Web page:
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When the English Department sets out to revise its requirements next fall, it will probably be aiming at two targets: English 10 and the Tutorial Bibliography.
English 10 has two problems. The first is that, as in most group tutorials, nobody does the work before the meetings, which means that the tutors must become lecturers--an expensive luxury. The most obvious remedy is to convert group tutorial into a seminar, in which students are expected to write weekly papers to serve as a basis of discussion. This not only ensures that they come to class with something to say, but forces them to think far more carefully about their reading and their responses than is now the case.
The second problem in English 10 is that lecturers are dull. The problem is not the lecturers' fault. The problem is rather that very little can be done in fifty minutes of capsule generalization to enrich a "Major British Writer." Few canned opinions about books have much more appeal to the literary novice. Admittedly the abolition of lecturers would leave the course entirely in the hands of possibly inept tutors, but this is in fact already the case.
The Tutorial Bibliography is a more complicated problem. It has made tutorial into a kind of fifth course in which students prepare for Generals by reading a section from the bibliography not covered in a catalogue course. Moreover, the student soon learns that all his extracurricular reading should come from the departmental list, and that if it does not he will suffer on General Examinations.
General Exams are primarily a club with which the department makes sure that students have read a lot of books in the previous four years. They also test the capacity to talk about these books with sophisticated glibness.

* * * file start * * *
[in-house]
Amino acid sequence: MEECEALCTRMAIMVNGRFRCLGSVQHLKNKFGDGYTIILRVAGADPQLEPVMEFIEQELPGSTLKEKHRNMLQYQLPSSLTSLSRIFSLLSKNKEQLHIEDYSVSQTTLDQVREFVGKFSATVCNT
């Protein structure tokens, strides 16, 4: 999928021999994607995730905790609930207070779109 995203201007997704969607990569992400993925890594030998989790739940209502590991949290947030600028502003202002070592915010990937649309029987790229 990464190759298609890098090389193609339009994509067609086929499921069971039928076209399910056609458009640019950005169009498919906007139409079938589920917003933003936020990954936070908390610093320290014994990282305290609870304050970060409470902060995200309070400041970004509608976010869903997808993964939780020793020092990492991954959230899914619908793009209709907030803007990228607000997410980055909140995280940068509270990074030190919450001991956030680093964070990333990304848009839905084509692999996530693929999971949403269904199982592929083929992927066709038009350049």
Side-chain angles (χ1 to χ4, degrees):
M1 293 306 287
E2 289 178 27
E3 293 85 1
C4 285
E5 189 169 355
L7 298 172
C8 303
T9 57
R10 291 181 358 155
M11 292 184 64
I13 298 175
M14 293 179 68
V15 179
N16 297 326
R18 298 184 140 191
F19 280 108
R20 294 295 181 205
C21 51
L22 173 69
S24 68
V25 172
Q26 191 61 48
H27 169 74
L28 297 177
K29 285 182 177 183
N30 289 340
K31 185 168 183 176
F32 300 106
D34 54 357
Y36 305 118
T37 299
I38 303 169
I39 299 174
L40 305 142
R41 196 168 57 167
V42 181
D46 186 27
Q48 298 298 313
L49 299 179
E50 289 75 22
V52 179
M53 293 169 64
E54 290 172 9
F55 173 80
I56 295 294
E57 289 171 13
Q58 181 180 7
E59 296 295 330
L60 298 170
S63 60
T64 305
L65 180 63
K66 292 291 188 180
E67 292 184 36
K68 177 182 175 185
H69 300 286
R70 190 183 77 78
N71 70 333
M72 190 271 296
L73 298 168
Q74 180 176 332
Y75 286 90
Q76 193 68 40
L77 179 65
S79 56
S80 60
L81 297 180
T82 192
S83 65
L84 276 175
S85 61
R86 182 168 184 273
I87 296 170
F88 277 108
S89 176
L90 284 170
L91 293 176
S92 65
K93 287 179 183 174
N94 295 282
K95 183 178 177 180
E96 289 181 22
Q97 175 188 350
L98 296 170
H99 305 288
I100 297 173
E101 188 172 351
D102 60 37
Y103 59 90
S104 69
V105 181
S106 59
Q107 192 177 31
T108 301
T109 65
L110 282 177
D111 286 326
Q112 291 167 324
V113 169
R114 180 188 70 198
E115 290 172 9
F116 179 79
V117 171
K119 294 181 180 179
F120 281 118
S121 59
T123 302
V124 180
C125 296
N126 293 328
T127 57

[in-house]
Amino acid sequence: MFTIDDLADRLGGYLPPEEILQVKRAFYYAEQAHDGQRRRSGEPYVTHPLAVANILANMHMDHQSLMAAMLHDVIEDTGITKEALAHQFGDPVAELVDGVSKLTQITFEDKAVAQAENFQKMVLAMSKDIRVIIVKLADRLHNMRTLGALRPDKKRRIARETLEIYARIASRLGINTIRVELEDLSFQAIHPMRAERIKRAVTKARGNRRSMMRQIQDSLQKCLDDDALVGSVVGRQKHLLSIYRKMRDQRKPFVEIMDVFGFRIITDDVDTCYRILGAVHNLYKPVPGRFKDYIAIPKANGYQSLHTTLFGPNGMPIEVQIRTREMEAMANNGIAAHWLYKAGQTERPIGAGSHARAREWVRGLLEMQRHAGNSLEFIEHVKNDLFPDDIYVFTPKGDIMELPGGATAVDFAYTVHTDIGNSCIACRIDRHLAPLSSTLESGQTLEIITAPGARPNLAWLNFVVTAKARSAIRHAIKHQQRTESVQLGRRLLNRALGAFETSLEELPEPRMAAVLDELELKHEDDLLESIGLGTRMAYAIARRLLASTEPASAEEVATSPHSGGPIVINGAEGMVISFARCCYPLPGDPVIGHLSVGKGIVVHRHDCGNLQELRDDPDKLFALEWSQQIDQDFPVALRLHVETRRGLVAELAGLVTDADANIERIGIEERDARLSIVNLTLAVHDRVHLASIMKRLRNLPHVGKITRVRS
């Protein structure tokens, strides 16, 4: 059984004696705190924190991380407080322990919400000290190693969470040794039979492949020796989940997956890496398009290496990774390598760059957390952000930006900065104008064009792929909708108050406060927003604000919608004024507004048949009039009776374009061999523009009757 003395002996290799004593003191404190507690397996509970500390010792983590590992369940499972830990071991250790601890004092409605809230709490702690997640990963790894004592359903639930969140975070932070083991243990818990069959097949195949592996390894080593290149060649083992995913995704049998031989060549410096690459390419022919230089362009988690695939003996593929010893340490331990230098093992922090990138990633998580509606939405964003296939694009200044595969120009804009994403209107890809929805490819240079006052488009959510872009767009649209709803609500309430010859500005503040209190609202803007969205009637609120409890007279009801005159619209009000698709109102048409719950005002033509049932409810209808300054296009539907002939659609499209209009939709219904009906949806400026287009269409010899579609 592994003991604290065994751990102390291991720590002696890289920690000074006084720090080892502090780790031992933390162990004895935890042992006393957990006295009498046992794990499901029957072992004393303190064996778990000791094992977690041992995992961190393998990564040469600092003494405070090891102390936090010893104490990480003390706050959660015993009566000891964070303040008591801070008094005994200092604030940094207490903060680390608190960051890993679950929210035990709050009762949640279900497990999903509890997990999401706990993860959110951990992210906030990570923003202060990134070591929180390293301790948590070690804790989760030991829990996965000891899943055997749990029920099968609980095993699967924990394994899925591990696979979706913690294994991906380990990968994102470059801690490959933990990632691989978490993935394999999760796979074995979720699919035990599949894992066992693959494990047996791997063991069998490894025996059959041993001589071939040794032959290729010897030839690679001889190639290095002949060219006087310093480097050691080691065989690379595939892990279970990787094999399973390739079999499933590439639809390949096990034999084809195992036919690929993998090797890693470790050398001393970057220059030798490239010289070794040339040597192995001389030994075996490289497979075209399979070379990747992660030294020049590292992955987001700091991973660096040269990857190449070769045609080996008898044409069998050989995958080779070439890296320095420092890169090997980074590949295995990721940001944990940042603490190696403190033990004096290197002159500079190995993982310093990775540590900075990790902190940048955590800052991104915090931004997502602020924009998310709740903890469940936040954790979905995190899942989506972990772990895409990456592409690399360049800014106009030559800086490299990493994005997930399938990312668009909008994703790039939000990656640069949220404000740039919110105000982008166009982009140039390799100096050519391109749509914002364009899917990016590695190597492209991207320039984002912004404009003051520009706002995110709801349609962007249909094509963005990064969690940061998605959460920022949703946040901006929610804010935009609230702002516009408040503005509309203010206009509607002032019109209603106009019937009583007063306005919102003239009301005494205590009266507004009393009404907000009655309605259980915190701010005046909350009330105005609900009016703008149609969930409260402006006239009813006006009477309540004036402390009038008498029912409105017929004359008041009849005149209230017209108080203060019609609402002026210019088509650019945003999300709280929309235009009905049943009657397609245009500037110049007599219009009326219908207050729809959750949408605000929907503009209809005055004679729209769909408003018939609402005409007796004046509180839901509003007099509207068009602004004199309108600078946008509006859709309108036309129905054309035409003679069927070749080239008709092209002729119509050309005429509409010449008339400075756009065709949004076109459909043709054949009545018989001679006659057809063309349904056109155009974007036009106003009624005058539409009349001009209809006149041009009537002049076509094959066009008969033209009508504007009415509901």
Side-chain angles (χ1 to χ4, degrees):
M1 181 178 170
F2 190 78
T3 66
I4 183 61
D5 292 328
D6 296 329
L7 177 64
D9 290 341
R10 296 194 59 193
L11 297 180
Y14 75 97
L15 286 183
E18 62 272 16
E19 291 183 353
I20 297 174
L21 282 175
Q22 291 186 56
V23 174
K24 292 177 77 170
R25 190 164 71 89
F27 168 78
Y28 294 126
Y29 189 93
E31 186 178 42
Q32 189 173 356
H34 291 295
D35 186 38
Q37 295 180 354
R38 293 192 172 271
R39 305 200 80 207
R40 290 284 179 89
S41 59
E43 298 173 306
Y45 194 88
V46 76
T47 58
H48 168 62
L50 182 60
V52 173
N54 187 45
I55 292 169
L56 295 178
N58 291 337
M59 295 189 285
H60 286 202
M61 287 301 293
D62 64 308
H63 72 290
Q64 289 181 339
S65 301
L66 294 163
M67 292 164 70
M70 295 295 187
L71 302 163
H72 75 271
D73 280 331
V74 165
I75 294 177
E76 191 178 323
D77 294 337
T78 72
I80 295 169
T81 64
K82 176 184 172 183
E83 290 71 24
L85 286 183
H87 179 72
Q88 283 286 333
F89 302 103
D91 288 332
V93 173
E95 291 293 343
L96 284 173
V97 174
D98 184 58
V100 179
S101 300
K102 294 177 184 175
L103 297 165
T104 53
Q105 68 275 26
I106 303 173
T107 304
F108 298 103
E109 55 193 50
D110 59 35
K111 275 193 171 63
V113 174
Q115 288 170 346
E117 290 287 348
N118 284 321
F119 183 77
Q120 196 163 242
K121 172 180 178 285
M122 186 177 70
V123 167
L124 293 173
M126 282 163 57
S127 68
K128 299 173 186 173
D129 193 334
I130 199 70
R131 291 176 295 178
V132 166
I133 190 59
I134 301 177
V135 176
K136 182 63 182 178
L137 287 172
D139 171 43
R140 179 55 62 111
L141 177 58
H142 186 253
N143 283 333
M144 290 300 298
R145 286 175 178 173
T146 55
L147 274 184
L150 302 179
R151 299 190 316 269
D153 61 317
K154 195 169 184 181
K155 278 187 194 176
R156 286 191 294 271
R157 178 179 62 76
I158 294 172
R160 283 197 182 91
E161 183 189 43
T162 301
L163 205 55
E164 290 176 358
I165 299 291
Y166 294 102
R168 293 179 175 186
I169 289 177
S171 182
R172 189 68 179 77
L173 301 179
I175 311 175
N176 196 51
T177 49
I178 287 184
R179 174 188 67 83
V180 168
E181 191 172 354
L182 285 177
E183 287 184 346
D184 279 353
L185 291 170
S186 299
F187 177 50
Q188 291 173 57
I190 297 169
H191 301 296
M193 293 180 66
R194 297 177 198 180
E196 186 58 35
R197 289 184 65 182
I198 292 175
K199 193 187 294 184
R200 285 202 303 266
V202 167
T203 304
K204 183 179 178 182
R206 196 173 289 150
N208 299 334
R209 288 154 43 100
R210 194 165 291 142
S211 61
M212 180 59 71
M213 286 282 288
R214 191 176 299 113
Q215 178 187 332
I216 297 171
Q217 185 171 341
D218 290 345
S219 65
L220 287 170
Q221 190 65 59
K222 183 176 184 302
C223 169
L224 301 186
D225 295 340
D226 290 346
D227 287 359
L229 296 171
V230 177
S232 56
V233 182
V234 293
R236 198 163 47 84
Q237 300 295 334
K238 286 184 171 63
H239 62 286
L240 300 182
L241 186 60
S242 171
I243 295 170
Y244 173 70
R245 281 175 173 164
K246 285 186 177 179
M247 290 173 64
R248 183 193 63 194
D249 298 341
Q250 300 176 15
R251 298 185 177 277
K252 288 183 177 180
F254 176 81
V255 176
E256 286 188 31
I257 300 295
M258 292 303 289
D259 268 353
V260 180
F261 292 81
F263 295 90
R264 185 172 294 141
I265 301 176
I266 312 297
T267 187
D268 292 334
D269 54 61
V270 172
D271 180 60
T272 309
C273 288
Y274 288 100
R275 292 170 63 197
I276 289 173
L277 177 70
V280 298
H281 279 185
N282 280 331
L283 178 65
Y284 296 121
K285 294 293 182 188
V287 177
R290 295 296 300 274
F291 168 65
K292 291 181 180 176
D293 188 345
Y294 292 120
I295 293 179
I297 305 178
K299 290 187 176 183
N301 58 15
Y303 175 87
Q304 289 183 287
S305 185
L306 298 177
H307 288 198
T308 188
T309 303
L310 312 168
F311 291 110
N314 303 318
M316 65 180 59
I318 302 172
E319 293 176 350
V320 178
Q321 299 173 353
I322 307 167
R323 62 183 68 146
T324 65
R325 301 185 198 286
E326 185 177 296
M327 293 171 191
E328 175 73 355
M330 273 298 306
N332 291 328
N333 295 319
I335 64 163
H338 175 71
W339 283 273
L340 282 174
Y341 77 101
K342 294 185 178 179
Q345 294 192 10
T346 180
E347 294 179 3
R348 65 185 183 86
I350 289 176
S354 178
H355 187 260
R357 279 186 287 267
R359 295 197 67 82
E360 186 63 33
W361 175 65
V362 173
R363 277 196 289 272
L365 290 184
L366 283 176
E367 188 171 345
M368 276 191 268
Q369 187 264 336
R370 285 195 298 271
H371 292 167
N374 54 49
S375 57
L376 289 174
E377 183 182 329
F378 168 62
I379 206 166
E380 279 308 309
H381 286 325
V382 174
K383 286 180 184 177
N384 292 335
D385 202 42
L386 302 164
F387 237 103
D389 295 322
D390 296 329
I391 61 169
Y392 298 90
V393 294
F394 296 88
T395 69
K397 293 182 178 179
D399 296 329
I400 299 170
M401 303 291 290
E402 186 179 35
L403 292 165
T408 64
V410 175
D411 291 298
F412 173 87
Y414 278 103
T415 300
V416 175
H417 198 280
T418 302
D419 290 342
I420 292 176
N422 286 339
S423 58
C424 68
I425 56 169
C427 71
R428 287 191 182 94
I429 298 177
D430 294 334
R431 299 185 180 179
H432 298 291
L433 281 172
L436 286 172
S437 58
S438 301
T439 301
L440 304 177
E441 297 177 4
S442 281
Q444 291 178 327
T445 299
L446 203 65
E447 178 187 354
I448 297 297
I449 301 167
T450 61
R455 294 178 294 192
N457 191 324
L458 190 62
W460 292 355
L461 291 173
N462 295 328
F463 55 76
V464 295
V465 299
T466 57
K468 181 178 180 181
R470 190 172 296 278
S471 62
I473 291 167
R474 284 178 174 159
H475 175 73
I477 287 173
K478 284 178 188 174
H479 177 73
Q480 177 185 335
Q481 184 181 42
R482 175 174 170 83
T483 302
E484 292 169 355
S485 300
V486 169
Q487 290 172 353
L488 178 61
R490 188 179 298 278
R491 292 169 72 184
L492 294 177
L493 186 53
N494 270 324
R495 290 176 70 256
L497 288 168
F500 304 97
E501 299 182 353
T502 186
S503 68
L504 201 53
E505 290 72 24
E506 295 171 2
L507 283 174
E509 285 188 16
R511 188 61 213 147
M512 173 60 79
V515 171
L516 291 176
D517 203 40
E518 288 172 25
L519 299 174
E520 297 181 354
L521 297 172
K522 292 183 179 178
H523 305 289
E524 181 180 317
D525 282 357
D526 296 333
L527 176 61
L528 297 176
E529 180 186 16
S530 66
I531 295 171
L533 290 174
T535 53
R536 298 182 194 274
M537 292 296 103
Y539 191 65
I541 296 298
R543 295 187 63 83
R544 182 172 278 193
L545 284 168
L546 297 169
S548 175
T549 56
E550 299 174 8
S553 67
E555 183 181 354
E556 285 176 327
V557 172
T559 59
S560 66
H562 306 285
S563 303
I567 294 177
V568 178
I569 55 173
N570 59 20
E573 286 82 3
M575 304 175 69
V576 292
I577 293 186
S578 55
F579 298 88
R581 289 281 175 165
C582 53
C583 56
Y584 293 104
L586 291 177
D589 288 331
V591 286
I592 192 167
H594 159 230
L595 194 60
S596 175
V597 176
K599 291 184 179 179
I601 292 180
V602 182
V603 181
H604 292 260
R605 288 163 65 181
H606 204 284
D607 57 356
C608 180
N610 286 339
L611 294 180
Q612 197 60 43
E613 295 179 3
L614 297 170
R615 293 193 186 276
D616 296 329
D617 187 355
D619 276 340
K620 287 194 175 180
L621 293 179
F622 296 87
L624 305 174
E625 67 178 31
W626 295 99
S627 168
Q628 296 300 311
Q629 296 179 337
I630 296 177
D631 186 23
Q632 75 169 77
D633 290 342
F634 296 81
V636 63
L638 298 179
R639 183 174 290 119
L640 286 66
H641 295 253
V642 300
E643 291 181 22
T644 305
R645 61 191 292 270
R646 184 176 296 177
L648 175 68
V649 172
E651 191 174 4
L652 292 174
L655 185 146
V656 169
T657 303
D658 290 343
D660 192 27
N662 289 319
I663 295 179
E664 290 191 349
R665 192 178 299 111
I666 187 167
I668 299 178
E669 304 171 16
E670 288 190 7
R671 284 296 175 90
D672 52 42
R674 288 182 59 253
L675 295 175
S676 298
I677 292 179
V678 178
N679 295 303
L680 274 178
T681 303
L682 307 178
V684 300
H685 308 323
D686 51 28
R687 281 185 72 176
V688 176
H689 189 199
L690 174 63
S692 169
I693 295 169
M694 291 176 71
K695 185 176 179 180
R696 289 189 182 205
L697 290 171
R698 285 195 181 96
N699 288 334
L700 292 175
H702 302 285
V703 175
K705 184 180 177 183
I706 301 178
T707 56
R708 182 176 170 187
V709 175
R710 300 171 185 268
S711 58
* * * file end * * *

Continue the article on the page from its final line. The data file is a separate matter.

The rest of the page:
Now the capacity to make general statements and see things in perspective could be measured with a much shorter bibliography including a few major works of every genre and period. This would eliminate the student who appears to be a chronological master of English Literature but knows only the drama, or poetry, and at the same time reduce the pressure to read only from the approved lists.
If, on the other hand, the purpose of Generals is to make sure the student reads many books, the questions should be more specific and picayune. It is currently possible to enter General Examinations with Hymarx knowledge and a high IQ, and exit with honors.
But the real question is how educational it is to read a book solely to pass an exam. Certainly it can on occasion be a good thing since there is the possibility of becoming engrossed in the book. But preparation for Generals more often consists of a hectic race through a vast mass of material, the only result of which is a permanent prejudice against certain English authors.
When the English Department considers reform next fall, it should remember that reading is not, in itself, either educational or virtuous. Reading contributes to a liberal education only when it engages the reader's attention and intelligence. Thus in educational terms, one book is better than another only because it earns a more complete scrutiny from more diverse points of view. When the student stops paying attention, education also stops. While Departmental reading lists may "deserve" attention, they are not nearly so likely to get it as the book which the student chooses spontaneously.
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